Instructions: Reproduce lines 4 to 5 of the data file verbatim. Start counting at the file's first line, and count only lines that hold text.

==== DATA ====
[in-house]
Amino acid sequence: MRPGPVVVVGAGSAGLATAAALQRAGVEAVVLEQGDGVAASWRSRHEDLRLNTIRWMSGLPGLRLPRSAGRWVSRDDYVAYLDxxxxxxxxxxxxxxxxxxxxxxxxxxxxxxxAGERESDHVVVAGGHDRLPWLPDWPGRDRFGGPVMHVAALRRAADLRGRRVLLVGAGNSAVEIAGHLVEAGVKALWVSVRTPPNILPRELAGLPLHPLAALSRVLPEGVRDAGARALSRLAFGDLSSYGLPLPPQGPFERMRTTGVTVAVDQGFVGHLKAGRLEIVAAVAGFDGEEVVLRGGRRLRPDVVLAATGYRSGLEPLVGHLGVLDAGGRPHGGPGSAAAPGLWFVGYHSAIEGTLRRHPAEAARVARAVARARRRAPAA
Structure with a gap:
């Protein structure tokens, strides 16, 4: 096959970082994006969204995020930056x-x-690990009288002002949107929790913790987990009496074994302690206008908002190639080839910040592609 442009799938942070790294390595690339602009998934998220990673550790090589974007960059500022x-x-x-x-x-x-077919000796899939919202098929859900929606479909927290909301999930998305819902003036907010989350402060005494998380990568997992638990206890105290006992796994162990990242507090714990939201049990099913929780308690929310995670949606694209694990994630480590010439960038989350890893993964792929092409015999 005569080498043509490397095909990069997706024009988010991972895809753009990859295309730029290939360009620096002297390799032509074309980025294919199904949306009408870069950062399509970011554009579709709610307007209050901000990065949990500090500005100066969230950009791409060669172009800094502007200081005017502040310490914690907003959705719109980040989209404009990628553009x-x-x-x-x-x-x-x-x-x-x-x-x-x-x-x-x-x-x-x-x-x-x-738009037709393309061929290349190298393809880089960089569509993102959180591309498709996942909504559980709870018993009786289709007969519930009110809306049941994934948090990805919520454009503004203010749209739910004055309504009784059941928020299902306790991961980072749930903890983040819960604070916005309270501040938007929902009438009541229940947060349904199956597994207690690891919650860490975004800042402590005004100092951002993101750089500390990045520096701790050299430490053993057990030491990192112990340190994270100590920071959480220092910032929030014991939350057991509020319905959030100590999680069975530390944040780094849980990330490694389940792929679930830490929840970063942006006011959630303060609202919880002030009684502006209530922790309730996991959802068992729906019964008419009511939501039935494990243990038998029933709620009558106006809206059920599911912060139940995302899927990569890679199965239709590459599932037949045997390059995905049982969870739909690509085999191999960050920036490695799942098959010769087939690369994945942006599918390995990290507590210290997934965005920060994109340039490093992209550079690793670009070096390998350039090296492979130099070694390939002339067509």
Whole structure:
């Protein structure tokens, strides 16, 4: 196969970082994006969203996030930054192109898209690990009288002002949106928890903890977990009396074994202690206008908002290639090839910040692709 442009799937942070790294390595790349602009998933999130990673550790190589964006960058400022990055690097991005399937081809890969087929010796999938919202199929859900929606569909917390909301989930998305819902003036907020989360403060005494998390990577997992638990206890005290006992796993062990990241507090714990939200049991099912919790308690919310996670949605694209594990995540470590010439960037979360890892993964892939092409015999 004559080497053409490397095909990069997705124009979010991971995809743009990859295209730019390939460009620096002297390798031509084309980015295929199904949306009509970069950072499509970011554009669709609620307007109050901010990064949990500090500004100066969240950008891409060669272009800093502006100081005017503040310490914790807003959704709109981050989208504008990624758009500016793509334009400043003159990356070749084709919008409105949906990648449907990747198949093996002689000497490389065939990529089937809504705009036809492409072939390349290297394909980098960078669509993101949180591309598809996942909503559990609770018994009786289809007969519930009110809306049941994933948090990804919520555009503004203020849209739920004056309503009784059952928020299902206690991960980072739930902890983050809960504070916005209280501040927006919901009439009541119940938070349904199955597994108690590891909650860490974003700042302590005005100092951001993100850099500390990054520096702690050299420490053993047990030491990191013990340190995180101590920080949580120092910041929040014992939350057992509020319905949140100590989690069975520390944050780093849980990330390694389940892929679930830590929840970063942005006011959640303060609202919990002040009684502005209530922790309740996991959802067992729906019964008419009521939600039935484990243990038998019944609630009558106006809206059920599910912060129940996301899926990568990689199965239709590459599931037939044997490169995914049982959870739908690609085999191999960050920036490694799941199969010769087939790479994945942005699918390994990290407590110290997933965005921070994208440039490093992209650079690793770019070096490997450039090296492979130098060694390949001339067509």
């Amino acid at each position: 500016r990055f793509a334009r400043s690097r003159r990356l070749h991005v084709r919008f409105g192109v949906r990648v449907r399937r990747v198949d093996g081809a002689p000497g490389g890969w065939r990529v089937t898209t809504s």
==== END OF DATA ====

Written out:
């Protein structure tokens, strides 16, 4: 096959970082994006969204995020930056x-x-690990009288002002949107929790913790987990009496074994302690206008908002190639080839910040592609 442009799938942070790294390595690339602009998934998220990673550790090589974007960059500022x-x-x-x-x-x-077919000796899939919202098929859900929606479909927290909301999930998305819902003036907010989350402060005494998380990568997992638990206890105290006992796994162990990242507090714990939201049990099913929780308690929310995670949606694209694990994630480590010439960038989350890893993964792929092409015999 005569080498043509490397095909990069997706024009988010991972895809753009990859295309730029290939360009620096002297390799032509074309980025294919199904949306009408870069950062399509970011554009579709709610307007209050901000990065949990500090500005100066969230950009791409060669172009800094502007200081005017502040310490914690907003959705719109980040989209404009990628553009x-x-x-x-x-x-x-x-x-x-x-x-x-x-x-x-x-x-x-x-x-x-x-738009037709393309061929290349190298393809880089960089569509993102959180591309498709996942909504559980709870018993009786289709007969519930009110809306049941994934948090990805919520454009503004203010749209739910004055309504009784059941928020299902306790991961980072749930903890983040819960604070916005309270501040938007929902009438009541229940947060349904199956597994207690690891919650860490975004800042402590005004100092951002993101750089500390990045520096701790050299430490053993057990030491990192112990340190994270100590920071959480220092910032929030014991939350057991509020319905959030100590999680069975530390944040780094849980990330490694389940792929679930830490929840970063942006006011959630303060609202919880002030009684502006209530922790309730996991959802068992729906019964008419009511939501039935494990243990038998029933709620009558106006809206059920599911912060139940995302899927990569890679199965239709590459599932037949045997390059995905049982969870739909690509085999191999960050920036490695799942098959010769087939690369994945942006599918390995990290507590210290997934965005920060994109340039490093992209550079690793670009070096390998350039090296492979130099070694390939002339067509």
Whole structure: